I knew the intensity of her nightmares. I had seen her curled up in a ball in the middle of the night, sweating and shaking as she hollered for the images of the past to leave her alone. Sometimes the fright woke her up, but most of the time, I had to shake her awake before she bit her finger off, ripped her nightgown, or threw herself out of a window. (29.193)
Sophie recalls the intensity of Martine's nightmares, which are far worse than we really understood before this point. These nightly "hauntings" cause suffering from which Martine can never free herself and over which she has very little control. Sophie feels both sympathy for her mother and guilt that she isn't still around to comfort her mother, even though she knows that the situation wasn't a healthy one for her, either.
After Joseph and I got married, all through the first year I had suicidal thoughts. Some nights I woke up in a cold sweat wondering if my mother's anxiety was somehow hereditary or if it was something that I had "caught" from living with her. (29.193)
Sophie feels great empathy for her mother and is extremely sensitive to the trauma that she suffered as a young girl. She feels this so deeply that she has taken on the trauma herself, absorbing Martine's memories like they are her own. It's no wonder that she feels this anxiety is inherited or "catching." She begins to understand that they really aren't when she observes her peaceful daughter, who is able to sleep on a dime and shows no signs of such anxiety. Ultimately, Sophie knows that it is up to her to break the cycle of stress and trauma for her daughter.
I was holding her and fighting off that man, keeping those images out of her head. I was telling her that it was all right. That it was not a demon in her stomach, that it was a child, like I was once a child in her body. I was telling her that I would never let anyone put her away in a mental hospital, that I would take care of her. (30.200)
Sophie wants the impossible here: she wants to separate from her body (which is in bed with her husband) and reach out to her mother who is suffering, several states away. She wants magically to make everything all right for Martine, and to promise that she will keep all bad things away from her mother. It's a lot of wish fulfillment all at once, and is sparked by her desire to escape from a sexual relationship with her husband. But Sophie learns that she can't help her mother with things that Martine will not face—and that she might be walking the same path, if she doesn't face up and tackle her problems head on.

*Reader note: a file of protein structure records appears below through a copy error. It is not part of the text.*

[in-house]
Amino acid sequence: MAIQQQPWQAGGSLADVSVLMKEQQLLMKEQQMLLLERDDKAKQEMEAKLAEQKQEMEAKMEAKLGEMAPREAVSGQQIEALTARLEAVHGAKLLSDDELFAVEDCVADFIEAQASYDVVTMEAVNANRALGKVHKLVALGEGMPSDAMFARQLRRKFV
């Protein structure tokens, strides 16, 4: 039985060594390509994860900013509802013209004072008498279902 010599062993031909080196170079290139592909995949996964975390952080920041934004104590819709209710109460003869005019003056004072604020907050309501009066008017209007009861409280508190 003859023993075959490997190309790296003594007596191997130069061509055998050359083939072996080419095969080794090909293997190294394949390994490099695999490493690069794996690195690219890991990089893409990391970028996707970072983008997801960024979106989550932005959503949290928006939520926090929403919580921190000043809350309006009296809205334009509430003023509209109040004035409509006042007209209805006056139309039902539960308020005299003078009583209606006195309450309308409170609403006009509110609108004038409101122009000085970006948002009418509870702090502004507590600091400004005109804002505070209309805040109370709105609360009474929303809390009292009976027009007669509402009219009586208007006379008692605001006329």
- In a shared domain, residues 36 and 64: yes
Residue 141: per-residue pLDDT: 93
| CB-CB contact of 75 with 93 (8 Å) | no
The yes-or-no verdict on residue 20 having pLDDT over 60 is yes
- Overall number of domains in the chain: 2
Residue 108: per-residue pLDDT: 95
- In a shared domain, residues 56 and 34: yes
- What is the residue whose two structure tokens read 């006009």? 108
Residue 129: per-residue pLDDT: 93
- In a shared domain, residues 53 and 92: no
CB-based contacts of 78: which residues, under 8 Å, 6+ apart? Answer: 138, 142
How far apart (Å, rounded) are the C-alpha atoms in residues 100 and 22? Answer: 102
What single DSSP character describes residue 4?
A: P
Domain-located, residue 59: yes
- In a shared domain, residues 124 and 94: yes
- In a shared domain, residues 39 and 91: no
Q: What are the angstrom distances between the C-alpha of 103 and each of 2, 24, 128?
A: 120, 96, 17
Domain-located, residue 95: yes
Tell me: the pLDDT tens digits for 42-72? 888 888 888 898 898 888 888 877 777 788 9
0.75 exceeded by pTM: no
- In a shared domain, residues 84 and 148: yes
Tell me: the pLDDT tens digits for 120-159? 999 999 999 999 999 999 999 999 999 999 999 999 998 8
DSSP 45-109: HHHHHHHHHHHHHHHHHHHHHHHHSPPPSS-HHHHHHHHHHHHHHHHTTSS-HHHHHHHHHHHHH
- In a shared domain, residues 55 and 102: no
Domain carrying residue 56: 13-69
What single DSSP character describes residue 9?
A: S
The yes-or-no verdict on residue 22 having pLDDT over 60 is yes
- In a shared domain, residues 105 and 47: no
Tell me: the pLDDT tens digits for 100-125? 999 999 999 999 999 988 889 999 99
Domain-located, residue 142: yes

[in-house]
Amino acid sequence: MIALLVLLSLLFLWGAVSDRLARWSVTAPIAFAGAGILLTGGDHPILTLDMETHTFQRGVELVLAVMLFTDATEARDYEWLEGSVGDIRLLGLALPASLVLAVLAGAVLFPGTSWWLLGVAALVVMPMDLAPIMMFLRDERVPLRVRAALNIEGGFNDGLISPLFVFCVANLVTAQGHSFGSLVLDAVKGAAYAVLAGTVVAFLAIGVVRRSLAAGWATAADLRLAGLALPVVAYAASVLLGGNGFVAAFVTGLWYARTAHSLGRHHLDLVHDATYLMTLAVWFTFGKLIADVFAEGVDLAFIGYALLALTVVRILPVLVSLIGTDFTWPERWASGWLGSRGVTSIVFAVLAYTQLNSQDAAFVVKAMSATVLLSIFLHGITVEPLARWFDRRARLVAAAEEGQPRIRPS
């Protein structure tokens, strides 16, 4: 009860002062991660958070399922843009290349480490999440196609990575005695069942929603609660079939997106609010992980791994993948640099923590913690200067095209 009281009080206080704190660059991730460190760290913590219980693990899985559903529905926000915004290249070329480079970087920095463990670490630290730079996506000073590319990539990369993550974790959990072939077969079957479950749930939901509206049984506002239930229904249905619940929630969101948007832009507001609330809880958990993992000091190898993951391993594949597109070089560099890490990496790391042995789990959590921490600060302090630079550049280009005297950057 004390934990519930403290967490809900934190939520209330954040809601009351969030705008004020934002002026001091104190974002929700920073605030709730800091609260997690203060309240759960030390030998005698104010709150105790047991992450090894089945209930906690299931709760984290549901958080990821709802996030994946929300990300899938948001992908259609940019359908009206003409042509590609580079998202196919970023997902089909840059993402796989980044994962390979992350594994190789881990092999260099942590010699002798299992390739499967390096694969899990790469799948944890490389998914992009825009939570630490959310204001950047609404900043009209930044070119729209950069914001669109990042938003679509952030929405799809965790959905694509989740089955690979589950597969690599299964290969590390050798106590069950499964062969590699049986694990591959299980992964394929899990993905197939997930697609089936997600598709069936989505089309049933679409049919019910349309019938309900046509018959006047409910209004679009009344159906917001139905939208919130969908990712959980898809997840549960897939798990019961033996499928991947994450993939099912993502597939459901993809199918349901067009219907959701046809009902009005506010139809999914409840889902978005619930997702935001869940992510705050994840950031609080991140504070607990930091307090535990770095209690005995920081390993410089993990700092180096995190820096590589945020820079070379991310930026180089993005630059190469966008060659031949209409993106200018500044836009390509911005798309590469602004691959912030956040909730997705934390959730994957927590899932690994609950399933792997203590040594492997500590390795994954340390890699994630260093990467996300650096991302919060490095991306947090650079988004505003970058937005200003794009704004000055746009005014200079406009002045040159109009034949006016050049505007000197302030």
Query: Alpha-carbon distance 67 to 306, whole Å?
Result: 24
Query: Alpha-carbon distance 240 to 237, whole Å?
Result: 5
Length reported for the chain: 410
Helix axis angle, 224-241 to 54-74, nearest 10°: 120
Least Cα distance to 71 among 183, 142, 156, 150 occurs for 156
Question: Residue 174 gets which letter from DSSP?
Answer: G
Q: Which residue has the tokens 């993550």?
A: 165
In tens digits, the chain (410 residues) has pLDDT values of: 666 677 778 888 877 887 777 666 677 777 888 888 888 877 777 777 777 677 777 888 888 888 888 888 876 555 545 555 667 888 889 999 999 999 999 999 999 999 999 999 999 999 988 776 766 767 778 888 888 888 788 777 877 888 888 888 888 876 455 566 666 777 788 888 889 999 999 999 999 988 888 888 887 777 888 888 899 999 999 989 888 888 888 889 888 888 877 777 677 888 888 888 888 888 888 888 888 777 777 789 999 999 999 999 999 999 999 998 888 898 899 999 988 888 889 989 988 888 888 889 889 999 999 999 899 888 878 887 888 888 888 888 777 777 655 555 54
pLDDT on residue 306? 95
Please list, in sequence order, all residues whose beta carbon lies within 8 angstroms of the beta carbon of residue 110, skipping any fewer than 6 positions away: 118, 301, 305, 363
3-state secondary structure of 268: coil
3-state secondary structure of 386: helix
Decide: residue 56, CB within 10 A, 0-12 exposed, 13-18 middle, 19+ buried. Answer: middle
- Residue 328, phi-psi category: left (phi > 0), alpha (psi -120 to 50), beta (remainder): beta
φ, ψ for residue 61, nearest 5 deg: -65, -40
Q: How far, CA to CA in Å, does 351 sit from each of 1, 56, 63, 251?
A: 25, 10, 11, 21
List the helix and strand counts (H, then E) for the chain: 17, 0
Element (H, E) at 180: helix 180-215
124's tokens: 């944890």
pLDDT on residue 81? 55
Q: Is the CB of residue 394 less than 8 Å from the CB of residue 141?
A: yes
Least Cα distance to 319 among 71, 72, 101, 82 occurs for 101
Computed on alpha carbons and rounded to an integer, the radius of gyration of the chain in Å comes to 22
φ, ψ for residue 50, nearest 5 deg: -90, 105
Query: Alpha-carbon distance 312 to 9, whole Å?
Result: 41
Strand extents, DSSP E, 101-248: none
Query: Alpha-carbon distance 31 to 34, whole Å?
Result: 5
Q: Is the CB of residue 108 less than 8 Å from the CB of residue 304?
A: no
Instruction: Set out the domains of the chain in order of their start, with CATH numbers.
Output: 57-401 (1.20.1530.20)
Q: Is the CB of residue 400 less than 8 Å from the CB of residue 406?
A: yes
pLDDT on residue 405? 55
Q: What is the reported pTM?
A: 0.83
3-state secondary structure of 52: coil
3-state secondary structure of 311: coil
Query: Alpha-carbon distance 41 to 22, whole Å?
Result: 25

"Everywhere I go, I hear it. I hear him saying things to me. You tintin, malpròp. He calls me a filthy whore. I never want to see this child's face. Your child looks like Manman. This child, I will never look into its face." (33.217)
Martine has descended completely into paranoid fantasy here. She tells Sophie that the child she is carrying is a boy (she knows because she hears him speaking to her in a man's voice). Clearly, the voice that Martine hears is more likely to be her own self-condemnation, or perhaps what she thinks others might say of her. This is a serious and tragic development, but one that Sophie doesn't know how to deal with. She assumes that her mother will be better once she has the abortion, but doesn't understand how severely Martine's judgment has been affected.
I lay in my mother's bed all night fighting evil thoughts: It is your fault that she killed herself in the first place. Your face took her back again. You should have stayed with her. If you were here, she would not have gotten pregnant. (35.227)
Sophie cannot stop from blaming herself about her mother's violent suicide. Her identification with her mother's suffering has not ended just because Martine is now gone. In fact, she feels as though she should have been the barrier between her mother and the demons that plagued her from the time before Sophie was even born. These are irrational thoughts, but they are understandable—especially since Martine had told Sophie that she had saved her life throughout the years.